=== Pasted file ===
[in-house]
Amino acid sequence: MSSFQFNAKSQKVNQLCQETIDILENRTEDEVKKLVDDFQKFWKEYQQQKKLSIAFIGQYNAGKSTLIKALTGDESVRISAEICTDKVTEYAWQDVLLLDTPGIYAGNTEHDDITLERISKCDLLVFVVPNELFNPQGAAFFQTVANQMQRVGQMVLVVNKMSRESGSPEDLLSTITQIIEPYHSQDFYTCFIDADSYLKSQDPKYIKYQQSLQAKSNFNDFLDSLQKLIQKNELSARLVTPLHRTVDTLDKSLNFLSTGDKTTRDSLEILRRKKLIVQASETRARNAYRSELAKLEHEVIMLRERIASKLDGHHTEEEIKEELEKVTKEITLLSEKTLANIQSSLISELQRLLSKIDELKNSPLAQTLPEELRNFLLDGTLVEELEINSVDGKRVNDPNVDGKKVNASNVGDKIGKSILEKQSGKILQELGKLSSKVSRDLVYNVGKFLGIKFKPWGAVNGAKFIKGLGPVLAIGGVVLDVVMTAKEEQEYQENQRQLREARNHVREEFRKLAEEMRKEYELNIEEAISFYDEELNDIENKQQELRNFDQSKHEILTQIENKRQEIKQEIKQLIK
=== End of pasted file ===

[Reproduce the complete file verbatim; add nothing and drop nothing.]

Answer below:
[in-house]
Amino acid sequence: MSSFQFNAKSQKVNQLCQETIDILENRTEDEVKKLVDDFQKFWKEYQQQKKLSIAFIGQYNAGKSTLIKALTGDESVRISAEICTDKVTEYAWQDVLLLDTPGIYAGNTEHDDITLERISKCDLLVFVVPNELFNPQGAAFFQTVANQMQRVGQMVLVVNKMSRESGSPEDLLSTITQIIEPYHSQDFYTCFIDADSYLKSQDPKYIKYQQSLQAKSNFNDFLDSLQKLIQKNELSARLVTPLHRTVDTLDKSLNFLSTGDKTTRDSLEILRRKKLIVQASETRARNAYRSELAKLEHEVIMLRERIASKLDGHHTEEEIKEELEKVTKEITLLSEKTLANIQSSLISELQRLLSKIDELKNSPLAQTLPEELRNFLLDGTLVEELEINSVDGKRVNDPNVDGKKVNASNVGDKIGKSILEKQSGKILQELGKLSSKVSRDLVYNVGKFLGIKFKPWGAVNGAKFIKGLGPVLAIGGVVLDVVMTAKEEQEYQENQRQLREARNHVREEFRKLAEEMRKEYELNIEEAISFYDEELNDIENKQQELRNFDQSKHEILTQIENKRQEIKQEIKQLIK